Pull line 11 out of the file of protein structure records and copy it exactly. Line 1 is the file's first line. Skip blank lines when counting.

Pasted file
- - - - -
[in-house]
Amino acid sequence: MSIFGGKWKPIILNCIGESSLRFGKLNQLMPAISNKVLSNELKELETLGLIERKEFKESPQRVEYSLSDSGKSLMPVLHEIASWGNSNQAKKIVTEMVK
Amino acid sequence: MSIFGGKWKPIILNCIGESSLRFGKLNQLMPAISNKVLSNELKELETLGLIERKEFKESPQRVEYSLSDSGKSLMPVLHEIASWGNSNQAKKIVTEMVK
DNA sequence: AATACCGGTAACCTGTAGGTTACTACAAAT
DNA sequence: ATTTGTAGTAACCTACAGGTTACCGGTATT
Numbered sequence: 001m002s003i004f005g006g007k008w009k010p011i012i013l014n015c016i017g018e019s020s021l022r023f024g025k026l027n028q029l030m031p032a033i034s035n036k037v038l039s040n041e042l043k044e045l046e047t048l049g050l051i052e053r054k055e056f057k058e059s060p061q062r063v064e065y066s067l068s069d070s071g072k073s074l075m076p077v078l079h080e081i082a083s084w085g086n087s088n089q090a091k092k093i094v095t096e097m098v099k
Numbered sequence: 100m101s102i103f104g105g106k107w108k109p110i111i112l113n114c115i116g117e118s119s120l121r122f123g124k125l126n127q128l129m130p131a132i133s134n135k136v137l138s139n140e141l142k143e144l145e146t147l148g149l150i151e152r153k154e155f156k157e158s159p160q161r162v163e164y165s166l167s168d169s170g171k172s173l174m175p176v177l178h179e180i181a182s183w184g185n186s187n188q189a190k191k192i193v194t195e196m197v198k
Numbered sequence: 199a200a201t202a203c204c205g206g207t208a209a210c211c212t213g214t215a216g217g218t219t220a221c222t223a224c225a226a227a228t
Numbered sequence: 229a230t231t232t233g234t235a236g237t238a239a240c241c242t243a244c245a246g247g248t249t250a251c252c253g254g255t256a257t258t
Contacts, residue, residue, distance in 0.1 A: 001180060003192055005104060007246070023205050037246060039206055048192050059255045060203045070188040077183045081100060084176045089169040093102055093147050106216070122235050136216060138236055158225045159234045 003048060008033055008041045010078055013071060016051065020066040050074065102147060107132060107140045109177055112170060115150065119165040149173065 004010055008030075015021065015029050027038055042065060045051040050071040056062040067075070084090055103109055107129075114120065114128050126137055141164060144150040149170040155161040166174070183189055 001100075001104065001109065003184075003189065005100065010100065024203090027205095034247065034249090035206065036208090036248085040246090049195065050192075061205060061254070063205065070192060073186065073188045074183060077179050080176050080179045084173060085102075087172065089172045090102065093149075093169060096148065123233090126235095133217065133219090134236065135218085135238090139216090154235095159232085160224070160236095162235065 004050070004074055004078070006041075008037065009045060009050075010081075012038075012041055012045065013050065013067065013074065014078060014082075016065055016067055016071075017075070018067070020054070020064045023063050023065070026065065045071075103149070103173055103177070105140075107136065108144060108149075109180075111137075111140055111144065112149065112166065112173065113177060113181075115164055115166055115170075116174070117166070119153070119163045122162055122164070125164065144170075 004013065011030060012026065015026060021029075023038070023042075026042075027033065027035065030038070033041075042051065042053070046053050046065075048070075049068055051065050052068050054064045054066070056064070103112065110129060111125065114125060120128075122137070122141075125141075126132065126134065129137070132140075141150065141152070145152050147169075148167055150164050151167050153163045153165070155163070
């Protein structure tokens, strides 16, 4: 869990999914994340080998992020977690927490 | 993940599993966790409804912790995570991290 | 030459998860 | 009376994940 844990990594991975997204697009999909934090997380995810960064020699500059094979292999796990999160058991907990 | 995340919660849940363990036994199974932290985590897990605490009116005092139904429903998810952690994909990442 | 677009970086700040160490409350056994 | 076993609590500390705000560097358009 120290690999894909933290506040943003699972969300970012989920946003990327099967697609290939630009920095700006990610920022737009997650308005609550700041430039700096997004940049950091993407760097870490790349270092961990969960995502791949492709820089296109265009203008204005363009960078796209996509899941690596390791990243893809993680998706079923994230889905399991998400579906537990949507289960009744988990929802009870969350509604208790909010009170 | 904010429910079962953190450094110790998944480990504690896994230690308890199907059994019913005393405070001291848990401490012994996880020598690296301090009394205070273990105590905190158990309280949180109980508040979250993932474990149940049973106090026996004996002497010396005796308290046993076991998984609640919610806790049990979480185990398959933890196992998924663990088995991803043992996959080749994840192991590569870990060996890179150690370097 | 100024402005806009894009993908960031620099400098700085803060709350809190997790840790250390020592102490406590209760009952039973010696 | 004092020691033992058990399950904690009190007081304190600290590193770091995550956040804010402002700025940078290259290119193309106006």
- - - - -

């Protein structure tokens, strides 16, 4: 869990999914994340080998992020977690927490 | 993940599993966790409804912790995570991290 | 030459998860 | 009376994940 844990990594991975997204697009999909934090997380995810960064020699500059094979292999796990999160058991907990 | 995340919660849940363990036994199974932290985590897990605490009116005092139904429903998810952690994909990442 | 677009970086700040160490409350056994 | 076993609590500390705000560097358009 120290690999894909933290506040943003699972969300970012989920946003990327099967697609290939630009920095700006990610920022737009997650308005609550700041430039700096997004940049950091993407760097870490790349270092961990969960995502791949492709820089296109265009203008204005363009960078796209996509899941690596390791990243893809993680998706079923994230889905399991998400579906537990949507289960009744988990929802009870969350509604208790909010009170 | 904010429910079962953190450094110790998944480990504690896994230690308890199907059994019913005393405070001291848990401490012994996880020598690296301090009394205070273990105590905190158990309280949180109980508040979250993932474990149940049973106090026996004996002497010396005796308290046993076991998984609640919610806790049990979480185990398959933890196992998924663990088995991803043992996959080749994840192991590569870990060996890179150690370097 | 100024402005806009894009993908960031620099400098700085803060709350809190997790840790250390020592102490406590209760009952039973010696 | 004092020691033992058990399950904690009190007081304190600290590193770091995550956040804010402002700025940078290259290119193309106006």